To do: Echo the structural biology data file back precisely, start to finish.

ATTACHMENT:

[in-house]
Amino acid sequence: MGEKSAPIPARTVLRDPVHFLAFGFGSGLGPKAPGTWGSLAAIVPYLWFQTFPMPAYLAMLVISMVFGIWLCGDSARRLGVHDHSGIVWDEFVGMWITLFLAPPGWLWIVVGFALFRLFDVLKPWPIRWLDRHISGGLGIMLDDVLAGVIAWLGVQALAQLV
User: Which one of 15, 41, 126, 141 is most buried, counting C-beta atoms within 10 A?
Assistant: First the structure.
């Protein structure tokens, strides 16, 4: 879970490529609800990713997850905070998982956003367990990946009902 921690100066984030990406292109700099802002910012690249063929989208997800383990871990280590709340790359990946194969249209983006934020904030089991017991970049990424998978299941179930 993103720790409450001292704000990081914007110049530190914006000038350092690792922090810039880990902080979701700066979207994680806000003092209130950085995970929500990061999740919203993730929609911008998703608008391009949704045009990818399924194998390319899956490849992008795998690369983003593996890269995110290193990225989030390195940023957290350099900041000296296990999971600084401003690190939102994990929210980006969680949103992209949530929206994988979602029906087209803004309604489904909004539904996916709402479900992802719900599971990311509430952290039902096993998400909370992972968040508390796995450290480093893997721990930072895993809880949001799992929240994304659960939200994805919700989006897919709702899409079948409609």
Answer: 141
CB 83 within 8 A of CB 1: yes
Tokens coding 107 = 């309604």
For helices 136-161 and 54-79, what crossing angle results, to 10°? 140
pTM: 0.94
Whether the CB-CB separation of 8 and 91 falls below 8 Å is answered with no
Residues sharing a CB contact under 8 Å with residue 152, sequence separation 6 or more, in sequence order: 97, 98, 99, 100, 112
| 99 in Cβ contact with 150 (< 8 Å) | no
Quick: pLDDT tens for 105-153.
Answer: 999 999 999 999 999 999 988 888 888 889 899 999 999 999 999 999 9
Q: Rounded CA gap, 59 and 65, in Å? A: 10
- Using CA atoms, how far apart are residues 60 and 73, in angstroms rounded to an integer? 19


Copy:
[in-house]
Amino acid sequence: MGEKSAPIPARTVLRDPVHFLAFGFGSGLGPKAPGTWGSLAAIVPYLWFQTFPMPAYLAMLVISMVFGIWLCGDSARRLGVHDHSGIVWDEFVGMWITLFLAPPGWLWIVVGFALFRLFDVLKPWPIRWLDRHISGGLGIMLDDVLAGVIAWLGVQALAQLV
User: Which one of 15, 41, 126, 141 is most buried, counting C-beta atoms within 10 A?
Assistant: First the structure.
């Protein structure tokens, strides 16, 4: 879970490529609800990713997850905070998982956003367990990946009902 921690100066984030990406292109700099802002910012690249063929989208997800383990871990280590709340790359990946194969249209983006934020904030089991017991970049990424998978299941179930 993103720790409450001292704000990081914007110049530190914006000038350092690792922090810039880990902080979701700066979207994680806000003092209130950085995970929500990061999740919203993730929609911008998703608008391009949704045009990818399924194998390319899956490849992008795998690369983003593996890269995110290193990225989030390195940023957290350099900041000296296990999971600084401003690190939102994990929210980006969680949103992209949530929206994988979602029906087209803004309604489904909004539904996916709402479900992802719900599971990311509430952290039902096993998400909370992972968040508390796995450290480093893997721990930072895993809880949001799992929240994304659960939200994805919700989006897919709702899409079948409609």
Answer: 141
CB 83 within 8 A of CB 1: yes
Tokens coding 107 = 């309604």
For helices 136-161 and 54-79, what crossing angle results, to 10°? 140
pTM: 0.94
Whether the CB-CB separation of 8 and 91 falls below 8 Å is answered with no
Residues sharing a CB contact under 8 Å with residue 152, sequence separation 6 or more, in sequence order: 97, 98, 99, 100, 112
| 99 in Cβ contact with 150 (< 8 Å) | no
Quick: pLDDT tens for 105-153.
Answer: 999 999 999 999 999 999 988 888 888 889 899 999 999 999 999 999 9
Q: Rounded CA gap, 59 and 65, in Å? A: 10
- Using CA atoms, how far apart are residues 60 and 73, in angstroms rounded to an integer? 19